I shared this quote in Wednesday’s post. It resonated both with me and many on social media.
I’ve always been a cheerleader for the underdog. Individuals society has tossed aside or identified as insignificant. The misfits, freaks and out of the box thinkers who don’t know how or refuse to conform to social norms. Individuals whose tough exterior is the armor they put on each day to protect their fragile and damaged heart. Hearts battered and bruised by the evil life has flung at them.
What’s even sadder is when these people work up the courage to walk inside a church. They frequently are ignored or rejected. Instead of a group of people from diverse backgrounds drawn together by supernatural unity, many churches are a breeding ground for discrimination and exclusion. Unless you look and act like us, membership is denied.
In the parable of the Good Samaritan, Jesus addressed this very issue. In the Jewish community, Samaritans were considered inferior. Any kind of interaction— business or social was frowned upon and could significantly damage your standing within the community. You can imagine how offended many Jews were when they heard the parable.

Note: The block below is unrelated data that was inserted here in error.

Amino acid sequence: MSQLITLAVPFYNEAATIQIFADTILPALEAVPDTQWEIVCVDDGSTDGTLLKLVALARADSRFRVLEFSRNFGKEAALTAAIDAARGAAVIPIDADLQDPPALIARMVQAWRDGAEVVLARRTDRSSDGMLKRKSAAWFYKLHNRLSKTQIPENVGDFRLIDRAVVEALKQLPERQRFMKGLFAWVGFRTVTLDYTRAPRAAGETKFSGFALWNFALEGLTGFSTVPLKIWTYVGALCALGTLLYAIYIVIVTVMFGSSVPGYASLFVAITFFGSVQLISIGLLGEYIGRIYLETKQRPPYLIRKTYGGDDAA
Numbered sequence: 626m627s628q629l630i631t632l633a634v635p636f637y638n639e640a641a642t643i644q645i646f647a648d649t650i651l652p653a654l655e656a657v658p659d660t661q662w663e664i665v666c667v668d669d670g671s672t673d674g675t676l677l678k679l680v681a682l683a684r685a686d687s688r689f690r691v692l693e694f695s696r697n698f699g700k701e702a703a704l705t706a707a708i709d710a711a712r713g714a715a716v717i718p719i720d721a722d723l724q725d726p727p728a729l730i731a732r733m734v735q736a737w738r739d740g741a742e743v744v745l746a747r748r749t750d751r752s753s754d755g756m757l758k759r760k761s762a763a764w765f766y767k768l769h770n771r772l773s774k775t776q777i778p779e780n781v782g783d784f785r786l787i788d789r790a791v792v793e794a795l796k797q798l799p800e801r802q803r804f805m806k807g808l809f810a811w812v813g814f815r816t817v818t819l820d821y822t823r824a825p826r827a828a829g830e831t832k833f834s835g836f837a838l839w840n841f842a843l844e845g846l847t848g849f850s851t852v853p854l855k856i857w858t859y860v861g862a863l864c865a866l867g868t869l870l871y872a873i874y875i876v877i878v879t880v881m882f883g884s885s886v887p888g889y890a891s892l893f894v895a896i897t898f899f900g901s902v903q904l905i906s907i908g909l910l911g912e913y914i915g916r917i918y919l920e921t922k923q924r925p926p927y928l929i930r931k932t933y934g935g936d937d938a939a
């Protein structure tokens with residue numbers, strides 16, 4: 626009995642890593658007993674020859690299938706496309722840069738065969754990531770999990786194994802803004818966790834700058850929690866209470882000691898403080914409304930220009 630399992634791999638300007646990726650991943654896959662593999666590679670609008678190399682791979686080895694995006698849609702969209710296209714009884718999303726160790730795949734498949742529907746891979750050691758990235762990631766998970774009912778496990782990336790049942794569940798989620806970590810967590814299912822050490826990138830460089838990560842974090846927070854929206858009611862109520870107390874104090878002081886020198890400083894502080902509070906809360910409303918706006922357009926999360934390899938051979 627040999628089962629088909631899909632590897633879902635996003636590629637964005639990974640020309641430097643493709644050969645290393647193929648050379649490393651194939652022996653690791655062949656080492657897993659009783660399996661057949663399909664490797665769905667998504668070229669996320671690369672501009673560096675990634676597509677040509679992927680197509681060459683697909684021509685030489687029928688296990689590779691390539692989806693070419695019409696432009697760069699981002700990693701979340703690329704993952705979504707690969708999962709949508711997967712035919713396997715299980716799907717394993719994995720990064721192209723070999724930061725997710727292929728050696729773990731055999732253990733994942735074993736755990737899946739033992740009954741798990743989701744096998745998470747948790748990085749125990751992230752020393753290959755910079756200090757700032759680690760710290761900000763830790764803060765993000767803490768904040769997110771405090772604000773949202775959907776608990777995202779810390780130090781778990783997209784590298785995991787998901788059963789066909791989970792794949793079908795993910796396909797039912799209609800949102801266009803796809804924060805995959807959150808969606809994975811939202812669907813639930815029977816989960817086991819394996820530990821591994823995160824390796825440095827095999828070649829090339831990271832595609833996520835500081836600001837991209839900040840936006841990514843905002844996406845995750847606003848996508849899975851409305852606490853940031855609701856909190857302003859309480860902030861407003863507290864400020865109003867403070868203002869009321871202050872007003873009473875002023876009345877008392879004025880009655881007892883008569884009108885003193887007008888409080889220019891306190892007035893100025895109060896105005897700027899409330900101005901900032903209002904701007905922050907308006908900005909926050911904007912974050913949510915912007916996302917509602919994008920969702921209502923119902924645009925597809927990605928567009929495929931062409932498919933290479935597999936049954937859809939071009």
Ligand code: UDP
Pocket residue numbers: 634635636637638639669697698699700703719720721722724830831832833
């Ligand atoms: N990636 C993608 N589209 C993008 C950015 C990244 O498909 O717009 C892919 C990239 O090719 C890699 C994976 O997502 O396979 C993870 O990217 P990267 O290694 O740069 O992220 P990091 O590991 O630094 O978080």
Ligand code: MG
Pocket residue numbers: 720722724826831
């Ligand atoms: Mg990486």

“A certain man was going from Jerusalem down to Jericho, and he fell among robbers who stripped him of his clothes and belongings and beat him and went their way. Unconcernedly leaving him half dead. Now by coincidence a certain priest was going down along that road, and when he saw him he passed by on the other side. A Levite likewise came down to the place and saw him and passed by on the other side of the road.
But a certain Samaritan as he traveled along came down to where he was. And when he saw him he was moved with pity and sympathy for him. And went to him and dressed his wounds. Pouring on them oil and wine. Then he set him on his own beast and brought him to an inn and took care of him.
And the next day he took out two denarii— two day’s wages and gave them to the innkeeper saying. ‘Take care of him and whatever more you spend. I myself will repay you when I return.’
Which of these three do you think proved himself a neighbor to him who fell among the robbers? The one who showed pity and mercy to him.”
It was the unbeliever— the Samaritan.
Sadly, this parable illustrates many present day Christians refusal to love their neighbors. Many Christians talk the talk but don’t walk the walk. Christians who exclude loving neighbors whose skin color, language, rituals, values, ancestry, history and customs are different. Resulting in a Church that non-believers distrust because She doesn’t look like Jesus. She doesn’t love all.
Gandhi once said. “I like your Christ, I do not like your Christians. Your Christians are so unlike your Christ.”
Come on guys. Let’s make this quote no longer true. Let’s love our neighbors. No ifs, ands or buts!
Thanks for listening to my voice! Feel free to like and share it with your friends.
Have a great day! Rita
Be the VOICE heard amidst the deafening sound of sameness!